I’ve also started going to a weekly tango class. I’ve been a part of the class for over a month now, and it’s simply delightful to enter into a space where I know everyone by name and they know me and we know that this Tuesday afternoon hour is a date that won’t change.  I can do “el ocho” now, which is apparently pretty fancy. Youth group on Saturday nights is another permanent part of my weeks, and slowly I’m getting to know people there, too, and they’re so kind to make me feel seen and known.  Every time I come back to his house, Renzo greets me with a squeal and runs into my arms, gazing up at me lovingly. He makes me feel at home.  

Sojourning has another side, too, though. It’s equal parts non-tourist and also non-resident. I think the most frustrating part of my time here is how I’m so dependent on others for everything—I don’t have my own apartment to invite people over, so if I want to spend time with you I have to wait on you to ask me. And if you do ask me over for dinner, there’s a good chance I’ll have to spend the night, because it won’t be safe for me to travel back alone after.  Or I’ll have to ask you to drive/accompany me. I want to speak encouragement, but often it falls flat because this language isn’t my first.

I find myself so desperate to find SOMETHING, ANYTHING that I can give to them. This tango class I go to is technically a therapeutic class for people with Parkinson’s. I admit that part of the reason I first braved the unfamiliar subway route to get to the class was because I thought maybe I could at least do something for someone else in this class. The truth is, this class is full of the kindest abuelitos, many of whom dance tango REALLY well, and have taken it upon themselves to teach me how to dance it, too. I spend the hour of the class with brows furrowed, eyes trying hard not to stare at my feet, ears intent on understanding each different set of instructions with each change of dance partner. In the first few classes, I often stepped on Alfredo’s feet. Pretty ironic, and hilarious, that even when I go out in search of a place where I can do something else for my fellow man, Argentines find a way to do something for me.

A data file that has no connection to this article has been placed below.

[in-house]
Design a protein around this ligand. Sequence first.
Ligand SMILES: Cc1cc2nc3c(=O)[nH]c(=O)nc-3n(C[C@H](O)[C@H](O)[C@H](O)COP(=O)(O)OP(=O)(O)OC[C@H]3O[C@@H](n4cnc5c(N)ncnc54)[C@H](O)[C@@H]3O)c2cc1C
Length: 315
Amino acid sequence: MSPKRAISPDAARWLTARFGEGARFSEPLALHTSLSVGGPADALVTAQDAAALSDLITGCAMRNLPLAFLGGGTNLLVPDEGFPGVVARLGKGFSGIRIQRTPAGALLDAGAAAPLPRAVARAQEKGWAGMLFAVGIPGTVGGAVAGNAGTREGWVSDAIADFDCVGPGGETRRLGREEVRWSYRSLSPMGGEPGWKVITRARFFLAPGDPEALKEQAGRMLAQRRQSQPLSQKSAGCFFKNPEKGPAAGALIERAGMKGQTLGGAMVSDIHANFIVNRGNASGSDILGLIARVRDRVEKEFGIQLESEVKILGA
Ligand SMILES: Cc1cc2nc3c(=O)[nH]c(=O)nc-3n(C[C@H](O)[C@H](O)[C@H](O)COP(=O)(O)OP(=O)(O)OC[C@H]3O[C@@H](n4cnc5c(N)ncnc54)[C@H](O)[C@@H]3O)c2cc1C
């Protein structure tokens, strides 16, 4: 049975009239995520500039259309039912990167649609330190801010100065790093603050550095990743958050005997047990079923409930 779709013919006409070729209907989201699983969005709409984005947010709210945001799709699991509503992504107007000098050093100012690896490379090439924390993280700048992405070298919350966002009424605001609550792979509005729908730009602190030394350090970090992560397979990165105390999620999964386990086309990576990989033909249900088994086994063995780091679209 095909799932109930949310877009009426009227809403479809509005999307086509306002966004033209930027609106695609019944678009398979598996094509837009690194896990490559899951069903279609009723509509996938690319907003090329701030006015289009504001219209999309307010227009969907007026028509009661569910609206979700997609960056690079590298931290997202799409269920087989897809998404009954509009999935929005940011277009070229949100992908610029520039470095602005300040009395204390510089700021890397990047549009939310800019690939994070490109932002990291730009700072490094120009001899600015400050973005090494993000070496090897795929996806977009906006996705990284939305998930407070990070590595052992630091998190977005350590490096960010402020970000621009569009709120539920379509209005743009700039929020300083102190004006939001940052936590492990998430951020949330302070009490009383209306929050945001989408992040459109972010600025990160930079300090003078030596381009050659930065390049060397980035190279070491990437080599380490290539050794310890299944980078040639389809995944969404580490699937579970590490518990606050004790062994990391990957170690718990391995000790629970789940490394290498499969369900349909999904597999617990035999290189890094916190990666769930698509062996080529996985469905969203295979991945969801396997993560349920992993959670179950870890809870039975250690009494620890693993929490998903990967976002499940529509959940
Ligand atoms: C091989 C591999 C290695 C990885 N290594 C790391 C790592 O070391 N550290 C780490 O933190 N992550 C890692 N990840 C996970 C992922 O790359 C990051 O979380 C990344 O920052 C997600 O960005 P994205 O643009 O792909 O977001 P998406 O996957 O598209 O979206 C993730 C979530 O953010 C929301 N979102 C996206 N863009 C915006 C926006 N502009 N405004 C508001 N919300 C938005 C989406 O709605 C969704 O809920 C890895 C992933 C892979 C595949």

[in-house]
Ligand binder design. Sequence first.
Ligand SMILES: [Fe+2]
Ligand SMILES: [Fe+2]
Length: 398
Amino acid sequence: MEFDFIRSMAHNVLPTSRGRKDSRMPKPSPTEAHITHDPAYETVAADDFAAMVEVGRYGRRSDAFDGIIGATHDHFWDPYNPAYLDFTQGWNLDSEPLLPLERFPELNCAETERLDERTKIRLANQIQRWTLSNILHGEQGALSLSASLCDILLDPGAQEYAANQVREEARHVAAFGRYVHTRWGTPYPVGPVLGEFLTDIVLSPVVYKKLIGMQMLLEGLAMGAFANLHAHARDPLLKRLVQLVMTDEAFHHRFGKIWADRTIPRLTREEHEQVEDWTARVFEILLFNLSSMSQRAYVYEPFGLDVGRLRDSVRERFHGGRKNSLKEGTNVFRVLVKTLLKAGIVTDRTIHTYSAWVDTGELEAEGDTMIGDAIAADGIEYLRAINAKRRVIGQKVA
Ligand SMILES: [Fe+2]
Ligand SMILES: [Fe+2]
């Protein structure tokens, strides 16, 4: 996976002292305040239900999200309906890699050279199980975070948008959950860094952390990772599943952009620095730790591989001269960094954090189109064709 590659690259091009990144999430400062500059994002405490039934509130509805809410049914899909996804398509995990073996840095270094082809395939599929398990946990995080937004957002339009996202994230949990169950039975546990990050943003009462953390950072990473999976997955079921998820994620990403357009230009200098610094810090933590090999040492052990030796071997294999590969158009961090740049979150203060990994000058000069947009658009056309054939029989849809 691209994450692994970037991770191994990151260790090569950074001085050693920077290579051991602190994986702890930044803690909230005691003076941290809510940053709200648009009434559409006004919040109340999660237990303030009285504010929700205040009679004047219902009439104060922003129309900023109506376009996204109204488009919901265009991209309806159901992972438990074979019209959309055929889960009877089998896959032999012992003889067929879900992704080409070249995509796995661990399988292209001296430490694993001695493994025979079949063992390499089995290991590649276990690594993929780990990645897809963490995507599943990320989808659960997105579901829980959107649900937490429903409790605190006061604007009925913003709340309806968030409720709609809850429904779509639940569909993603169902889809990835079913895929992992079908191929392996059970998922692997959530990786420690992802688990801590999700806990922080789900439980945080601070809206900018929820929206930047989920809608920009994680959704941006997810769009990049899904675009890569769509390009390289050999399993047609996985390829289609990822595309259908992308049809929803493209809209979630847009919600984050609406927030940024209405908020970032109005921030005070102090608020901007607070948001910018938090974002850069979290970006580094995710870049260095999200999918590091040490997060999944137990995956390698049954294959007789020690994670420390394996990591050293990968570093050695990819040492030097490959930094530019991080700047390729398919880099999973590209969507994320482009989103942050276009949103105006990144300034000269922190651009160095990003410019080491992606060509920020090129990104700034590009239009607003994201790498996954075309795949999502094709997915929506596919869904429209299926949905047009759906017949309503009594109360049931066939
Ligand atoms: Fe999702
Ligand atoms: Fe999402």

This past week I went out to lunch with a dear friend, and I told her some of my thoughts on how hard it is to always be the one who is helped, not the one who does the helping. She looked at me with such gentleness, but didn’t hesitate to firmly tell me to just let that go. Reminding me that I’m new to this country, simply sojourning, so this semester is a season where they get to help me, she said.

“It’s just so frustrating because for all these years I’ve been dreaming of coming back to get to do something for YOU.” I confessed, the truth of my frustration. She just smiled and reminded me that there are seasons for everything, teaching me to let it go, to accept this wonderful season, to stop putting so much expectations on it.

I never stop laughing with these dear ones! 

I have big dreams for Buenos Aires, and that hasn’t changed. Every conversation I have about disability here leaves me longing to do more. There’s so much need. But this semester is one to plant roots, to learn, to slowly start the wheels turning in my own head for the possibility of ministry opportunities here, and in the heads of those around me who could start something. I’m confident I’ll be back, because there’s so much more.

In the meantime, I want to embrace everything about this season more fully, from the beauty of getting to sojourn and adventure and revel at all the things that are every day normal for people who live here (guess not everyone gets giddy about their instant coffee in the morning??), but also the parts of sojourning that are harder for me to accept, the moments where I don’t know where I’m going or what words to use and I have to accept help.

What a huge gift I have in this semester. How thankful I am to sojourn!!

Your blogger,
Claire (or Clara or Clarita or Clayre or Clarie or Cler or Cliaer..it's all the same here)